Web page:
A thief can also use your driver's license in order to obtain your Social Security number by claiming it has been lost and getting a new card issued. This will allow him to obtain Social Security benefits like HUD benefits, medical and dental care, and he can even obtain a fake passport and get out of the country before he's caught.


    Another type of theft is medical identity theft. This type of theft involves a thief obtaining your personal information and using it to obtain medical services, leaving you with the bills. This is particularly dangerous because the thief's medical history becomes tied to yours, and you could potentially be injured or even die due to receiving a medication or procedure based on the thief's history and not your own.


    The most common type of identity theft is financial. Criminals often steal personal information, along with banking or credit card information, in order to empty the victim's bank account, or make charges on the victim's credit card. 


    Make sure your monitor your credit card and bank statements carefully each month, and keep a close eye on your credit report as well. Make sure to look closely at each transaction, and check to be sure there is no fraudulent or incorrect information listed.

    Posted Jun 14 2011, 11:07 AM by IdentityTheft with no comments
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  • Learn what to do to protect yourself from ID theft

    Identity theft has become a fact of life. While it may or may not happen to you, chances are you know someone who will be affected. Here are some tips to help protect yourself.


    • Check your credit report from each of the three credit bureaus each year. Identity theft starts with the misuse of your information, like your Social Security number, credit card number or date of birth.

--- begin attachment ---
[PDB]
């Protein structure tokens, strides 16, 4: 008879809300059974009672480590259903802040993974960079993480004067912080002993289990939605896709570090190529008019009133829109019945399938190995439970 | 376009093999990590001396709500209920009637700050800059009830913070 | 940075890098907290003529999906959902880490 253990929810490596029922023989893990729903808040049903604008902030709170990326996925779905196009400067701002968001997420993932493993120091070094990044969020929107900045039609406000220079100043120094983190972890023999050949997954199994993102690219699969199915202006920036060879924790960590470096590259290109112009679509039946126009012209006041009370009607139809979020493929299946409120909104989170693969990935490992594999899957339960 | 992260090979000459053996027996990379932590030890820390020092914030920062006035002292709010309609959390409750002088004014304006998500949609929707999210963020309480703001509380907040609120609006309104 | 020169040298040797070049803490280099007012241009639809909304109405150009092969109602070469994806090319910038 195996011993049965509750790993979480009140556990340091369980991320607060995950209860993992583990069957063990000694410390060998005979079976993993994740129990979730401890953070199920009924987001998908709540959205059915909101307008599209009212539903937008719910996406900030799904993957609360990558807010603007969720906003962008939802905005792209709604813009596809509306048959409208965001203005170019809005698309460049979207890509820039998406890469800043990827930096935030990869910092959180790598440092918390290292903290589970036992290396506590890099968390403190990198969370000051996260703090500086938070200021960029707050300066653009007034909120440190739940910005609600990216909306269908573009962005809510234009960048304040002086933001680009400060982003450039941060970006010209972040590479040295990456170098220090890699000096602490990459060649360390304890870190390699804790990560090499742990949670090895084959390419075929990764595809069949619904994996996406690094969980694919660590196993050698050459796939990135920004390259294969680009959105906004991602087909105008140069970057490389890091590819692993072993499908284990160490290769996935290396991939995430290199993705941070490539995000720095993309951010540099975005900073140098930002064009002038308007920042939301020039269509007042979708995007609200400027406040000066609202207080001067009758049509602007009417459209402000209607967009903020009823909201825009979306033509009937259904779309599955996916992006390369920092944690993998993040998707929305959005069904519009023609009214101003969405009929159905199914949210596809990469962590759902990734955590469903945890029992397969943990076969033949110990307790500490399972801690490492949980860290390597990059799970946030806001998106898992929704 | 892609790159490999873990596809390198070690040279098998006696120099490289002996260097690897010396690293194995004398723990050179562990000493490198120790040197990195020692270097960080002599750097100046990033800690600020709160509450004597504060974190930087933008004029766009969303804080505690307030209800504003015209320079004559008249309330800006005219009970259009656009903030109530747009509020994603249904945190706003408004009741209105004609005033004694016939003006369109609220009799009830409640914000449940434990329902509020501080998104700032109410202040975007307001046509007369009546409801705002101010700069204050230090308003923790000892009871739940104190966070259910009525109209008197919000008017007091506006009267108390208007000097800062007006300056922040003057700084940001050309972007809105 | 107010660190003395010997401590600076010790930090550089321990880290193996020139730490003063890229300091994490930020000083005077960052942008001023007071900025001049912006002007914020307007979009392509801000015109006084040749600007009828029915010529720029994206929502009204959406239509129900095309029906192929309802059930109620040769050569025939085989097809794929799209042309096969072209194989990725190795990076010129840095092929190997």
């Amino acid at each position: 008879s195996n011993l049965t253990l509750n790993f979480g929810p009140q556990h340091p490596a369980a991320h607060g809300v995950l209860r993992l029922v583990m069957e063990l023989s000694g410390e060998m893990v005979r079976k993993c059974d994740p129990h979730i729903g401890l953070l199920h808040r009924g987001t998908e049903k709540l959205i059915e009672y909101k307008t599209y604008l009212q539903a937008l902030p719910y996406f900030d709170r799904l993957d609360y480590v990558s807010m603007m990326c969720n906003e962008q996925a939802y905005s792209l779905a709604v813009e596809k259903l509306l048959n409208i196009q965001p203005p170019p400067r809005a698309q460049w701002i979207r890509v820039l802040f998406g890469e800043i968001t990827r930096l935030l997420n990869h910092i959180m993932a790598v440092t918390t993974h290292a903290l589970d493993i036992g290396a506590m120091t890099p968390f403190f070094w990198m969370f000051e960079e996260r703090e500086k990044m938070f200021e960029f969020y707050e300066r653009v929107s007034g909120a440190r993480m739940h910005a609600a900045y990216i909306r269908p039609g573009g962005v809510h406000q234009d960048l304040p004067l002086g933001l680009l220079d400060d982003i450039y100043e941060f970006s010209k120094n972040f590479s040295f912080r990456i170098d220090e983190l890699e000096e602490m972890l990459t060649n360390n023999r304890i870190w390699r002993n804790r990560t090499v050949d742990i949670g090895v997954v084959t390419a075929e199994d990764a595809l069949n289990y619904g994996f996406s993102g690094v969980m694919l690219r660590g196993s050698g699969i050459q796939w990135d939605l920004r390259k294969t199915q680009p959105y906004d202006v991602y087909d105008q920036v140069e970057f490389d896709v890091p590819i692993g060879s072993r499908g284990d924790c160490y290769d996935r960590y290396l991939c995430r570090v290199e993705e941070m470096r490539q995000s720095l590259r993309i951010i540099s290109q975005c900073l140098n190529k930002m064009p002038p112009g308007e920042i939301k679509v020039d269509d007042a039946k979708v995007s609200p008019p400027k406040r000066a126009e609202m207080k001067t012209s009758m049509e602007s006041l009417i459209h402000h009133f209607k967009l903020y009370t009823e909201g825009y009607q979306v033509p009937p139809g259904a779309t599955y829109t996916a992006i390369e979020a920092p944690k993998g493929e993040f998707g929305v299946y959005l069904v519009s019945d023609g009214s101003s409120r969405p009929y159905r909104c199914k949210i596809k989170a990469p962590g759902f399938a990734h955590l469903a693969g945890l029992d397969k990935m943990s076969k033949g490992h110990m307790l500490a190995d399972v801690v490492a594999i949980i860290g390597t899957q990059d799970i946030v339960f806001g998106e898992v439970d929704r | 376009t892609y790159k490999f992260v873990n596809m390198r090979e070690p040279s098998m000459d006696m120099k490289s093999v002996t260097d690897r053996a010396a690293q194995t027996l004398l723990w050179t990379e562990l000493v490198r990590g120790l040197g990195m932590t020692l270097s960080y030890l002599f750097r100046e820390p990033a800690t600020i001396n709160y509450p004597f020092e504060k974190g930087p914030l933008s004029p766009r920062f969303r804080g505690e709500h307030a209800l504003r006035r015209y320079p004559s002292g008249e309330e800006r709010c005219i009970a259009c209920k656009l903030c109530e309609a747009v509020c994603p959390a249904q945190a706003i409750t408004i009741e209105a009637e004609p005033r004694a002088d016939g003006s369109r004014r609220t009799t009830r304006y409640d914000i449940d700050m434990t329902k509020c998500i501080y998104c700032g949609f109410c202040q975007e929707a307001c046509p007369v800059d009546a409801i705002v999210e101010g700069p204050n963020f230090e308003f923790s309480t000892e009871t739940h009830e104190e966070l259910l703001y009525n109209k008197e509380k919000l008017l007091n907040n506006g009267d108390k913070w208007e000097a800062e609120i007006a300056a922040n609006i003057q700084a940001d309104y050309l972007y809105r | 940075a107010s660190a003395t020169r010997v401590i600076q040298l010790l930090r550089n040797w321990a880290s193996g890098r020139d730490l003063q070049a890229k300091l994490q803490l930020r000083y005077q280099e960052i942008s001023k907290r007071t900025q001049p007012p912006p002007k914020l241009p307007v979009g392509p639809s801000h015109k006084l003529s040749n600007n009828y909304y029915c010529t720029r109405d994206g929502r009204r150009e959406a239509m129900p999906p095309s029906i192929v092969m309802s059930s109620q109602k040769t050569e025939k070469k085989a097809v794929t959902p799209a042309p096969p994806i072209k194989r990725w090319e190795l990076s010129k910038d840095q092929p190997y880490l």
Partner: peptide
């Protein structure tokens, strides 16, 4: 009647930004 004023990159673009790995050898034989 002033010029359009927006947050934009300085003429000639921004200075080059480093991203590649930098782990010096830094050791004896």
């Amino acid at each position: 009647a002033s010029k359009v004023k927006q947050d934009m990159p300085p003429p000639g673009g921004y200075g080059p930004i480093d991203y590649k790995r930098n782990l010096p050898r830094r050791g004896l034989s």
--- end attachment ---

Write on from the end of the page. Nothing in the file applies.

• Open your credit card bills and bank statements right away and review them. Check for unauthorized or fraudulent entries. You should also be aware of your billing schedule. If a bill doesn't arrive on time, it may mean that someone has changed your address information in order to obtain your personal data.


    • Don't carry your Social Security card or PIN number in your wallet.


    • Avoid giving out your personal information over the phone, mail or Internet unless you are sure of who you are dealing with. Don't give out during unsolicited phone calls or in response to unsolicited e-mail. 


    • Avoid offers and pop-ups that sound too good to be true. Don't click on links contained in unsolicited e-mails.


    • Remove your name from mailing lists for pre-approved credit offers.


    • When doing business online, only do so on secure sites. You'll know a site is secure if you see "https" in the URL and not just "http."


    • Use a locked mailbox. Don't let your mail just sit; pick it up.


    Posted Jun 09 2011, 10:10 AM by IdentityTheft with no comments
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  • I think my Facebook profile's been hacked – what do I do?

    Facebook is a social networking site that connects more than 500 million people. Users can create a profile, and add pictures, links and comments, and then choose  network of Facebook friends with whom to share their profile. There are a variety of different privacy settings that allow other users to see more or less of a profile.


    A growing concern among Facebook users, hacking is becoming more and more common. If someone has hacked your Facebook profile or phished it, meaning someone sent you an e-mail, message or link to a website that seems authentic and asks for personal information, you can report these violations to Facebook's technical support team. 


    First of all, log into your Facebook account using your password and e-mail address. Click on the "Help" butting under "Settings." In the "Help Center," find the section entitled, "Hacked Accounts and Spam" and click on that link.


    Choose the link that best describes the problem with your account. Follow the instructions under the link you have chosen. If you feel sure there's an issue, you'll also want to change your password.


    You should forward the phishing e-mail to spam@uce.gov, the official e-mail address for reporting potential identity theft scams.


    Remember, it's a good idea to change your passwords periodically on social networking sites and other sites you use frequently. Make the passwords difficult to decipher, using upper and lower case letters and numbers. 

    Posted Jun 07 2011, 11:36 AM by IdentityTheft with no comments